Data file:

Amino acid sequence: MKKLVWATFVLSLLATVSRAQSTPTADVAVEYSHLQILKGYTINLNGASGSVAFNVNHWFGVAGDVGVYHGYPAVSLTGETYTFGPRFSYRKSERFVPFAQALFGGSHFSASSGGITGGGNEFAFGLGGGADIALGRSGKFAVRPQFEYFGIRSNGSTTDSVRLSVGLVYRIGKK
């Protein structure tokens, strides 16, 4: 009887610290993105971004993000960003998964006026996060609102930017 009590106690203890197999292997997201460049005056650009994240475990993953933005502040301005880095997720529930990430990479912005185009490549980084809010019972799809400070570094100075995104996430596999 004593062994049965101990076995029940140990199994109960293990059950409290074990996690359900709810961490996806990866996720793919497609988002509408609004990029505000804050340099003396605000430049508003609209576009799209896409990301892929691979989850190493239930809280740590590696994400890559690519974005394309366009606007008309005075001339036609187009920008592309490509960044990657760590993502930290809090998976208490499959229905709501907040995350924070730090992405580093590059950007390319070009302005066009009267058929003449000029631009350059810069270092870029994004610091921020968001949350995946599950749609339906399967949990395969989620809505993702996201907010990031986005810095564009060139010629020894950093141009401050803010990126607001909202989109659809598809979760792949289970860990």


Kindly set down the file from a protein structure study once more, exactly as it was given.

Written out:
Amino acid sequence: MKKLVWATFVLSLLATVSRAQSTPTADVAVEYSHLQILKGYTINLNGASGSVAFNVNHWFGVAGDVGVYHGYPAVSLTGETYTFGPRFSYRKSERFVPFAQALFGGSHFSASSGGITGGGNEFAFGLGGGADIALGRSGKFAVRPQFEYFGIRSNGSTTDSVRLSVGLVYRIGKK
């Protein structure tokens, strides 16, 4: 009887610290993105971004993000960003998964006026996060609102930017 009590106690203890197999292997997201460049005056650009994240475990993953933005502040301005880095997720529930990430990479912005185009490549980084809010019972799809400070570094100075995104996430596999 004593062994049965101990076995029940140990199994109960293990059950409290074990996690359900709810961490996806990866996720793919497609988002509408609004990029505000804050340099003396605000430049508003609209576009799209896409990301892929691979989850190493239930809280740590590696994400890559690519974005394309366009606007008309005075001339036609187009920008592309490509960044990657760590993502930290809090998976208490499959229905709501907040995350924070730090992405580093590059950007390319070009302005066009009267058929003449000029631009350059810069270092870029994004610091921020968001949350995946599950749609339906399967949990395969989620809505993702996201907010990031986005810095564009060139010629020894950093141009401050803010990126607001909202989109659809598809979760792949289970860990």